Chad: Critical water shortages for Sudanese refugees

MSF teams warn that a greater humanitarian response is urgently needed

Water and sanitation activities in Adre, eastern Chad

Chad 2023 © MSF/Nisma Leboul

Adré, Chad, October 19, 2023—Since fighting erupted in Sudan in April, about 430,000 refugees have fled to Chad, and more are expected to arrive in the coming months. Health conditions are precarious for the approximately 200,000 refugees now staying in camps in Adré, eastern Chad, due to a lack of water, food, shelter, and sanitation facilities.

Doctors Without Borders/Médecins Sans Frontières (MSF) teams are providing medical care in Adré and responding to critical water needs, but ongoing water scarcity may have disastrous consequences if other organizations do not similarly respond.

"In the refugee camps at Adré, some 200,000 people are receiving just five to six liters of water daily, well below the recommended emergency standard of 20 liters per day," said Christophe Chauliac, MSF project coordinator in Adré. "MSF serves as the primary water provider in the camps, distributing around 600,000 liters daily and covering more than 80 percent of the available water supply for refugees. Despite these efforts, this amount is insufficient, especially in scorching weather. An insufficient water supply hinders basic needs such as washing and cooking, forcing people to turn to unsafe sources and increasing the risk of waterborne diseases such as diarrhea and cholera."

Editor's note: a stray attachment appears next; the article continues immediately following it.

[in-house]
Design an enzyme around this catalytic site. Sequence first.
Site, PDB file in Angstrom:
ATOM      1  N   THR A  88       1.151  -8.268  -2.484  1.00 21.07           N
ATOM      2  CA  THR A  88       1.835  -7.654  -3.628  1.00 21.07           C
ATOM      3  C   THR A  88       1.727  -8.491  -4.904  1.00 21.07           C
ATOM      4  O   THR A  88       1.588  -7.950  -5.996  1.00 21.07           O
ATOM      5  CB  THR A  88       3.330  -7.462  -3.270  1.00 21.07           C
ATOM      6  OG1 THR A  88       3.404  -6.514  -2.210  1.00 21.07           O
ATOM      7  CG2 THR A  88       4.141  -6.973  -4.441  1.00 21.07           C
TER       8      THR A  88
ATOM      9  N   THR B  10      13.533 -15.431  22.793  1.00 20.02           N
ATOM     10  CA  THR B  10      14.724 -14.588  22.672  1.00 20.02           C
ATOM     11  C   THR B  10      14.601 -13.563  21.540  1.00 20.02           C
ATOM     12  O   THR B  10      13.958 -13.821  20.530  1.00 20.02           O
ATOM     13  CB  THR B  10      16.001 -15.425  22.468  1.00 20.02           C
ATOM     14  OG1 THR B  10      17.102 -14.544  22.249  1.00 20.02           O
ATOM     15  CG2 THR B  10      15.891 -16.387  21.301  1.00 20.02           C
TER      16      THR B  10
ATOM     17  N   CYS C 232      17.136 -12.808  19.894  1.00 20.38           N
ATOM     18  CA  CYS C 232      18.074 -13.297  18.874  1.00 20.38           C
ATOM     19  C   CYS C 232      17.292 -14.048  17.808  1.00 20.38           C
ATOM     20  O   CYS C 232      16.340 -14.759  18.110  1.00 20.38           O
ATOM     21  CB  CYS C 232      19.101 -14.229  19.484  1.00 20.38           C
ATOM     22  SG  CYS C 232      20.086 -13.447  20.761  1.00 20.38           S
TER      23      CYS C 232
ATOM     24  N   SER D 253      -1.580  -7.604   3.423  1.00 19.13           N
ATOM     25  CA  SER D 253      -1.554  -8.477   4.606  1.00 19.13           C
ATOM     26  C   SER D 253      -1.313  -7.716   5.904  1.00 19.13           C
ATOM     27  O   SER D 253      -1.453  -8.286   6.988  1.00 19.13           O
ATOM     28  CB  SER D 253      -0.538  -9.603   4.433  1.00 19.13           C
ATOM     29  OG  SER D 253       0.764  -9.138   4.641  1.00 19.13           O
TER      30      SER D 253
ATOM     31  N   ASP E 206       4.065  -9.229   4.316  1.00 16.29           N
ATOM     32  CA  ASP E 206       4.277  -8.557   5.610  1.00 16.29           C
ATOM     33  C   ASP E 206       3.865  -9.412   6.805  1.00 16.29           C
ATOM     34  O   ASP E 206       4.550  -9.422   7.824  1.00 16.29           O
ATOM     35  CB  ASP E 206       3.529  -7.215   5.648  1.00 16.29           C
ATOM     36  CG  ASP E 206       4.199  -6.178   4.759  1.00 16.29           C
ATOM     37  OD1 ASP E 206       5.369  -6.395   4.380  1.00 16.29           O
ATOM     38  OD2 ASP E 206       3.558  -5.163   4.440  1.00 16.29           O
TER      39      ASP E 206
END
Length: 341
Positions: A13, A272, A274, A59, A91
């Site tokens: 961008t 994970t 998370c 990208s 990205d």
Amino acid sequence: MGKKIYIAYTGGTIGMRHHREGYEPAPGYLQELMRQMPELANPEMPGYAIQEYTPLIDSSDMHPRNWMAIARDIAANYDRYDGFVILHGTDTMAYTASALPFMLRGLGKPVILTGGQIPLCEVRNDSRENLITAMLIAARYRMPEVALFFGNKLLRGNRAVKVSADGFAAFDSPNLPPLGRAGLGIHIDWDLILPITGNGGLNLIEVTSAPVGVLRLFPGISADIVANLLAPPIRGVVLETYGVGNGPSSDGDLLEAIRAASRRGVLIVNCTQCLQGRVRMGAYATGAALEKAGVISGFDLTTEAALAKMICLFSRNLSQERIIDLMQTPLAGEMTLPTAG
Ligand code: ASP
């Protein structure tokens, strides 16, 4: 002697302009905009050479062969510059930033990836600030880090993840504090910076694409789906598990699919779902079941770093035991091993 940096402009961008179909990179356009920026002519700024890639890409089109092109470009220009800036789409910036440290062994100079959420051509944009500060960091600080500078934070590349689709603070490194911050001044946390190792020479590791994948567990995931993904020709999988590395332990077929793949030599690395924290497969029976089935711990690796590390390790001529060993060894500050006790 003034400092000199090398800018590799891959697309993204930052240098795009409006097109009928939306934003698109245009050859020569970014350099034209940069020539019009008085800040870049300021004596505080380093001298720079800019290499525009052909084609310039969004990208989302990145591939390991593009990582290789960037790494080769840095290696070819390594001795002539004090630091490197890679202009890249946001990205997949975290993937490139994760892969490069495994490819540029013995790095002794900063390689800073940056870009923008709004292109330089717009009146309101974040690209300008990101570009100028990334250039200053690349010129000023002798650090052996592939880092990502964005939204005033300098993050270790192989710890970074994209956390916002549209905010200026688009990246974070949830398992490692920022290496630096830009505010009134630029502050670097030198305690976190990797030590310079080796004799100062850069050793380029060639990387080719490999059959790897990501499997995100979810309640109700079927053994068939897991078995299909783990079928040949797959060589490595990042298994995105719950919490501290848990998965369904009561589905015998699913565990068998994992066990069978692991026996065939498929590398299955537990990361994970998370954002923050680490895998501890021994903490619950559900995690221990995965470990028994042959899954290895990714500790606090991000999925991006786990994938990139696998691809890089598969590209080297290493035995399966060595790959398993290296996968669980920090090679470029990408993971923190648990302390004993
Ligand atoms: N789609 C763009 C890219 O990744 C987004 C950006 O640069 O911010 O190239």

MSF has set up 15 water collection points and dug five borehole wells around the Adré refugee camps, but these provide much less water than is needed. Medical facilities run by MSF and other organizations are already operating at maximum capacity, as they see elevated rates of acute watery diarrhea and other diseases, while there are very limited options for patients requiring medical referrals to hospitals.

Larger-scale outbreaks of waterborne or other infectious diseases in such a densely populated and under-supported refugee setting could have catastrophic consequences.

"International nongovernmental organizations and donors must act promptly to address this pressing humanitarian crisis by ensuring that people in the camps gain sustainable access to safe drinking water," Chauliac said.